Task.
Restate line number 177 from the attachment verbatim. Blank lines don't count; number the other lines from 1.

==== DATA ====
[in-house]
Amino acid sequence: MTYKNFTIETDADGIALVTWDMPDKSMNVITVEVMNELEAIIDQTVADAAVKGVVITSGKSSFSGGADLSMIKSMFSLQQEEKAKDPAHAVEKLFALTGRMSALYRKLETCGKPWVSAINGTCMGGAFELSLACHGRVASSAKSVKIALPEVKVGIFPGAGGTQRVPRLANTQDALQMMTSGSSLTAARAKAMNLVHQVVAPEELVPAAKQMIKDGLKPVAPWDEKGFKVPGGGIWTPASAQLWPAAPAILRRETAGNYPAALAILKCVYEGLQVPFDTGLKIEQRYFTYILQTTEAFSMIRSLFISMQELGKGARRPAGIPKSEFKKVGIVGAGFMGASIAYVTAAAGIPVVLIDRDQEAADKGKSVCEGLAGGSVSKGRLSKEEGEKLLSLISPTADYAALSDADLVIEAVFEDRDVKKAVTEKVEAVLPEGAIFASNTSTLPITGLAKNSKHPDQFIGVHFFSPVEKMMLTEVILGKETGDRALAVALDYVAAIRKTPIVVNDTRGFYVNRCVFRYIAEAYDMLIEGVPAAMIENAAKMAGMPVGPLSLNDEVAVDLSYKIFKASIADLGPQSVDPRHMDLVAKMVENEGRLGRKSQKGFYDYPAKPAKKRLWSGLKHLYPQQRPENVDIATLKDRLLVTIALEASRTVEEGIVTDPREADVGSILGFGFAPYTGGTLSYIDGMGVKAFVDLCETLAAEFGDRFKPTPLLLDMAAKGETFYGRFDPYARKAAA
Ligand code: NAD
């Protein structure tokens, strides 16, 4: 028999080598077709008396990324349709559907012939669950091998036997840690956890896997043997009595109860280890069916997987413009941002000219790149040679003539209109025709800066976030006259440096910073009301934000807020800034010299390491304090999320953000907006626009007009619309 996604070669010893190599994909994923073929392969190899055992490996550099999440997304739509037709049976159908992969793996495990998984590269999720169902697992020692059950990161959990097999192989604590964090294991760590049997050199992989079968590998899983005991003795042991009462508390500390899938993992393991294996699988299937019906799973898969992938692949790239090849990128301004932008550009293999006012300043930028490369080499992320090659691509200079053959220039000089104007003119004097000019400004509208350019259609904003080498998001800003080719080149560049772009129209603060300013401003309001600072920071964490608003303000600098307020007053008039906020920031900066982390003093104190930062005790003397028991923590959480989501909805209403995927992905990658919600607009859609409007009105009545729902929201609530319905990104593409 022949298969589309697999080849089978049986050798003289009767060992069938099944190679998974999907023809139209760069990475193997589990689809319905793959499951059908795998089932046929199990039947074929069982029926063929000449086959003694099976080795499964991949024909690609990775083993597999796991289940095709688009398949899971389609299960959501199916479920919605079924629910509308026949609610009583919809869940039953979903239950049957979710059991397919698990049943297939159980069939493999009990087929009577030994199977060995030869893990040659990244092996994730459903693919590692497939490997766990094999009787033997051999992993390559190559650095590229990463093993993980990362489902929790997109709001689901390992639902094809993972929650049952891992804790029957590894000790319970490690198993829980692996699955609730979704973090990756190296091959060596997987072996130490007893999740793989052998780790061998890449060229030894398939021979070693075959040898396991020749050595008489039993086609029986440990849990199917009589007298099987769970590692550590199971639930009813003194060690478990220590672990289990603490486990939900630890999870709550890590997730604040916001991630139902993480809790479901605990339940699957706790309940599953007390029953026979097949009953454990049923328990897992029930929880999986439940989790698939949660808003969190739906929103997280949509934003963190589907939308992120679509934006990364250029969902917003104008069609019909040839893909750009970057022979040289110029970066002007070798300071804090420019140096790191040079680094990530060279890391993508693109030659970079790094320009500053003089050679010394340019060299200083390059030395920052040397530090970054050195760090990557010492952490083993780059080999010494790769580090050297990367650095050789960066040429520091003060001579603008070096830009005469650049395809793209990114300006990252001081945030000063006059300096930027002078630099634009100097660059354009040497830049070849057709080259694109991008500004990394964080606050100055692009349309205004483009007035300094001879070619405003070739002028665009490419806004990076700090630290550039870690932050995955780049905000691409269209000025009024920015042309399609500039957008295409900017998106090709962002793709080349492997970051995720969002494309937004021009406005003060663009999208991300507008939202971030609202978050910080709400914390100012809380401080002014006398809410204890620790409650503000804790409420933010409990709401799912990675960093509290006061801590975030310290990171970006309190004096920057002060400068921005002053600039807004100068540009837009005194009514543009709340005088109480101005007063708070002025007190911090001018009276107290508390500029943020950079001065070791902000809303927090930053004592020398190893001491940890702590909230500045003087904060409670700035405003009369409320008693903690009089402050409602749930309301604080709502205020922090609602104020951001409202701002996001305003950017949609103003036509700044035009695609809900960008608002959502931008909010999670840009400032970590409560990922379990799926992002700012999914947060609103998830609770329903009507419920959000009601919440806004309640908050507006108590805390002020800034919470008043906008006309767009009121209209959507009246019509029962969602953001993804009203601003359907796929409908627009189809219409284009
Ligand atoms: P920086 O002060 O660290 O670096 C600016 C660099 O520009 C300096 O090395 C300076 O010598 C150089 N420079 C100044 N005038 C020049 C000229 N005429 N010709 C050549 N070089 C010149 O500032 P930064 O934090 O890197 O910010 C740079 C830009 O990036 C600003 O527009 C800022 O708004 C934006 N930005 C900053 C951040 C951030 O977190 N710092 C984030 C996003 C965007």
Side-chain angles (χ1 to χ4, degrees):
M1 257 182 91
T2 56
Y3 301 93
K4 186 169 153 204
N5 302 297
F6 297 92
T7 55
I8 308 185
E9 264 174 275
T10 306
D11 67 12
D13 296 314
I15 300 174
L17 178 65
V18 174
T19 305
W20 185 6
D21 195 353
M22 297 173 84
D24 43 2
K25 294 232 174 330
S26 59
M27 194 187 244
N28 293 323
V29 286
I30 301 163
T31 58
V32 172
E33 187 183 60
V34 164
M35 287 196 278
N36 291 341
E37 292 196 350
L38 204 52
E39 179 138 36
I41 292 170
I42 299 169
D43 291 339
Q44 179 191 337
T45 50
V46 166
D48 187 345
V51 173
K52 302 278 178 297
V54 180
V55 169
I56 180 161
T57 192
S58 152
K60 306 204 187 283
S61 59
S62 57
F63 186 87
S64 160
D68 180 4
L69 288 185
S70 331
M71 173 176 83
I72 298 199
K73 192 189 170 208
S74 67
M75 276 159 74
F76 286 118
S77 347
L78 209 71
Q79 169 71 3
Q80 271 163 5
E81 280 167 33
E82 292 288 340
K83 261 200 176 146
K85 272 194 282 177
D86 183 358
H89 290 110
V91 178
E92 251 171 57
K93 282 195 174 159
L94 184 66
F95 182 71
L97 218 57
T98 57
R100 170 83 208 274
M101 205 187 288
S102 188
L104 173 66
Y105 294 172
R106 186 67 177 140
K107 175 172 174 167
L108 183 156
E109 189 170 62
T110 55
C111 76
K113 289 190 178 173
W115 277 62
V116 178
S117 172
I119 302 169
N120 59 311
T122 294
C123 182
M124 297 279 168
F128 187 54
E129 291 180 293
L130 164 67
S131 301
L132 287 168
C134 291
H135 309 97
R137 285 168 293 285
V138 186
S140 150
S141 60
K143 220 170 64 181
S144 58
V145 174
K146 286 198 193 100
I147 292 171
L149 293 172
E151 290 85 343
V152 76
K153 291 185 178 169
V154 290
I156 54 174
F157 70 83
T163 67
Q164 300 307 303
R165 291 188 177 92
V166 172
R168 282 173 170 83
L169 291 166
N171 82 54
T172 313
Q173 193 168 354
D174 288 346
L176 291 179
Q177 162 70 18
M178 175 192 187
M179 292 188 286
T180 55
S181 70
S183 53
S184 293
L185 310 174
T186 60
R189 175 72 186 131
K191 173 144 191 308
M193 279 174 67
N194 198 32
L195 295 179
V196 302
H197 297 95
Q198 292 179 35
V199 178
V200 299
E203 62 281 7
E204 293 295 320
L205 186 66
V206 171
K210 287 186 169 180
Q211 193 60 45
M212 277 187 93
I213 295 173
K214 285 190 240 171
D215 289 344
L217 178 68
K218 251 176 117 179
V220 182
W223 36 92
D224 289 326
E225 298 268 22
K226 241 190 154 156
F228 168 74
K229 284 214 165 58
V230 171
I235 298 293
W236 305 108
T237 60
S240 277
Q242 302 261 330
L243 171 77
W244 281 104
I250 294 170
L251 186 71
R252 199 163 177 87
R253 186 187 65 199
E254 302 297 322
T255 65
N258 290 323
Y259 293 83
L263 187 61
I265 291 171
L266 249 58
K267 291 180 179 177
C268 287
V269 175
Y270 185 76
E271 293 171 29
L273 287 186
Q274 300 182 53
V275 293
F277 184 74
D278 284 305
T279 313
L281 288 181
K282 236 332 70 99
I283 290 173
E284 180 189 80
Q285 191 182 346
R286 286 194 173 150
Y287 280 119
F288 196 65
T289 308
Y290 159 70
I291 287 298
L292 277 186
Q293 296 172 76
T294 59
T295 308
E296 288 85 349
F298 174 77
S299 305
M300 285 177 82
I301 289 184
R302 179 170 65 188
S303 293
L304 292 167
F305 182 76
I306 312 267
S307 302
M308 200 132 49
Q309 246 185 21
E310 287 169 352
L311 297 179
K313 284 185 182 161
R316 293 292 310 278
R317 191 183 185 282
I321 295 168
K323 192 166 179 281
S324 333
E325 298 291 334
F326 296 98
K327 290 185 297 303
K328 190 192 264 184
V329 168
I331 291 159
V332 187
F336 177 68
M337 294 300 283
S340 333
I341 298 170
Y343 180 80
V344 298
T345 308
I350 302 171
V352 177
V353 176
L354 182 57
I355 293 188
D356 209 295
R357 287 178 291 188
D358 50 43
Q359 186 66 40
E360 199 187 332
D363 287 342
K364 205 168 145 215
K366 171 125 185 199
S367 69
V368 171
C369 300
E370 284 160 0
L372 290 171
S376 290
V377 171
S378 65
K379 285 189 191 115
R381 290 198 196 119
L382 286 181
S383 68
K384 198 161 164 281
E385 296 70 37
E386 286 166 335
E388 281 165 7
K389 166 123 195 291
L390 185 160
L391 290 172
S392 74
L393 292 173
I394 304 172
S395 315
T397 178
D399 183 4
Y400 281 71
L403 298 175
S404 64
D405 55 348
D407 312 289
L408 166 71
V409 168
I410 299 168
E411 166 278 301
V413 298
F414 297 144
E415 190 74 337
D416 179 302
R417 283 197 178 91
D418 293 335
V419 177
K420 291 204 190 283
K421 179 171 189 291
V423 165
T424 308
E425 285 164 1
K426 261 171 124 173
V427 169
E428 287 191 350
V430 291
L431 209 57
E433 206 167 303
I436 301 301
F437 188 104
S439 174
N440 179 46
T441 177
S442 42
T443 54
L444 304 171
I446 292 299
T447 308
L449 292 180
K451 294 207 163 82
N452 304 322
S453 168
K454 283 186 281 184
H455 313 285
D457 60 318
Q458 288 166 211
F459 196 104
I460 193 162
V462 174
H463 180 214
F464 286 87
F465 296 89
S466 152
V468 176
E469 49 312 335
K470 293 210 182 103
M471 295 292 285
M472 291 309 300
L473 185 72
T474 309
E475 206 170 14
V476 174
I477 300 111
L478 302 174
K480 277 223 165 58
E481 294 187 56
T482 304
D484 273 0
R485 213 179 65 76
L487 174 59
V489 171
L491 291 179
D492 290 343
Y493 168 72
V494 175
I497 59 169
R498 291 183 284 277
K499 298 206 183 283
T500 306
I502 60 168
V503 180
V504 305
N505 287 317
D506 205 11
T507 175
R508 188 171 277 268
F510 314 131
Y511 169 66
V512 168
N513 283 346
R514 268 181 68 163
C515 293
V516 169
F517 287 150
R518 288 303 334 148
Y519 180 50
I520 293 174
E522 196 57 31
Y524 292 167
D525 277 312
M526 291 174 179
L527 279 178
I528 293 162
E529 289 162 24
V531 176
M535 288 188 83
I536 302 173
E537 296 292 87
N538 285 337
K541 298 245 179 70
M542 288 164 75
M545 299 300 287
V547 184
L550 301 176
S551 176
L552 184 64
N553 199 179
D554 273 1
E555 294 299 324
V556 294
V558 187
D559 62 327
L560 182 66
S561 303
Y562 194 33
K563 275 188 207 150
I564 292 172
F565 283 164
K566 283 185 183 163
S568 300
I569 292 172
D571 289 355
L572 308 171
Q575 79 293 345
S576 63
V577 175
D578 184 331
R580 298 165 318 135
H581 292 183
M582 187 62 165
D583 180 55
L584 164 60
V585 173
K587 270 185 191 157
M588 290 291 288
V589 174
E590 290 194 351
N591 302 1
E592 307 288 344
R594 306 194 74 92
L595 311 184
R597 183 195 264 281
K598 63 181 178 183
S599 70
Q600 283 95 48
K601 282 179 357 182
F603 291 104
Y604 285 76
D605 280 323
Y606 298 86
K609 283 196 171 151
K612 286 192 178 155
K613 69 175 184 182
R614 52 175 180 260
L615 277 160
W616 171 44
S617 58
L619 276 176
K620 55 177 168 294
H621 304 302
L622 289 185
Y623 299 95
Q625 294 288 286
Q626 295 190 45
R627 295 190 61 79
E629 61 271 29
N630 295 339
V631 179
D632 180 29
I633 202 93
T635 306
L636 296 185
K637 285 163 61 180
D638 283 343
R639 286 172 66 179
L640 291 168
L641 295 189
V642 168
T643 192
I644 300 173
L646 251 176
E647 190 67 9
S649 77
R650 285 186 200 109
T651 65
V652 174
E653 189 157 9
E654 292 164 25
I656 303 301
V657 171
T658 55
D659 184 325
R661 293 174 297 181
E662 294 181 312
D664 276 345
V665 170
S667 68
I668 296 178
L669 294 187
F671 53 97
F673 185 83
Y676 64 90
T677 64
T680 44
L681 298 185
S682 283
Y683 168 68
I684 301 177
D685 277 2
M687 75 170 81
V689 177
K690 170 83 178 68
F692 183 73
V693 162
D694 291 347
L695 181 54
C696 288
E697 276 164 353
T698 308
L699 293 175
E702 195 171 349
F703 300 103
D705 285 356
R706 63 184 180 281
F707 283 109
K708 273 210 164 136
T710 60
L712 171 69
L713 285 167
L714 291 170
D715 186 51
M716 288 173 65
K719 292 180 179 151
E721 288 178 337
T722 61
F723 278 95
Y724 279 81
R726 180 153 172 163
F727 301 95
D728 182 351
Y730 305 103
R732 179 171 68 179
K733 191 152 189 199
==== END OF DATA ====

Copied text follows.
F228 168 74